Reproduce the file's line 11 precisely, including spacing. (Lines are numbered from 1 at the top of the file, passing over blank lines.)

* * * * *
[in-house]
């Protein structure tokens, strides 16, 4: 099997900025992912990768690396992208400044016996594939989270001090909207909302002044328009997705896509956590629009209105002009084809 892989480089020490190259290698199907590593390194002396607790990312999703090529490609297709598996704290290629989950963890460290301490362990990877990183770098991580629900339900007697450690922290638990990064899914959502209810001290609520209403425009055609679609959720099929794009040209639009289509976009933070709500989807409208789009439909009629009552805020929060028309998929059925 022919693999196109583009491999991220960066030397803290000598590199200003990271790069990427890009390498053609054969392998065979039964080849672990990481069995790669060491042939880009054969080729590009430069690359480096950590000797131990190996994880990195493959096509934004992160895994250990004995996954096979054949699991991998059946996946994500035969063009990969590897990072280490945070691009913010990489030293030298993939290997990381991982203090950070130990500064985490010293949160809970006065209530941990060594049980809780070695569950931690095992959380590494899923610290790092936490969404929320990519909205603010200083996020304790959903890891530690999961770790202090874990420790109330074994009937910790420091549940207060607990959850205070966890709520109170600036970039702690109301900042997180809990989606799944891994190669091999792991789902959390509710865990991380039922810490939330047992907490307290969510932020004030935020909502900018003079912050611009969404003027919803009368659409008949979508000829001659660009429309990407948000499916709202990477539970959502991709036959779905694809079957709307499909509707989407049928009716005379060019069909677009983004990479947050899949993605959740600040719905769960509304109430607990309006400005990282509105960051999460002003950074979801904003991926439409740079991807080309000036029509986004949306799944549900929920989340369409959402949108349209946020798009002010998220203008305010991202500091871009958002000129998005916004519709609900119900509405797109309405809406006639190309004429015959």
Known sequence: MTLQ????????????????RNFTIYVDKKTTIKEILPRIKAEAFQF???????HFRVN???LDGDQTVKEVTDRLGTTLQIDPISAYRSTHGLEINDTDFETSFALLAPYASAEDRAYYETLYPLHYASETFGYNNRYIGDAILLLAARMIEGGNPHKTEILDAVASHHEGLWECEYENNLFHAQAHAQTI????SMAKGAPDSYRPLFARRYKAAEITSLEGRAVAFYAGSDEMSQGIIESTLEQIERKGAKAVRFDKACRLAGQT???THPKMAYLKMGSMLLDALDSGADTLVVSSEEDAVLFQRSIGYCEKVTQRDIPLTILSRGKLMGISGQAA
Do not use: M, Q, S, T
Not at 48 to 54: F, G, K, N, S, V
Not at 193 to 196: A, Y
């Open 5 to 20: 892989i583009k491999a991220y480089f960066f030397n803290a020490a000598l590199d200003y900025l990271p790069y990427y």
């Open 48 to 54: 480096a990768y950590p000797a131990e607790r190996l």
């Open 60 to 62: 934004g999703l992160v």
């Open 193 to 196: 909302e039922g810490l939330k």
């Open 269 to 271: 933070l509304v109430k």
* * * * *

């Open 269 to 271: 933070l509304v109430k």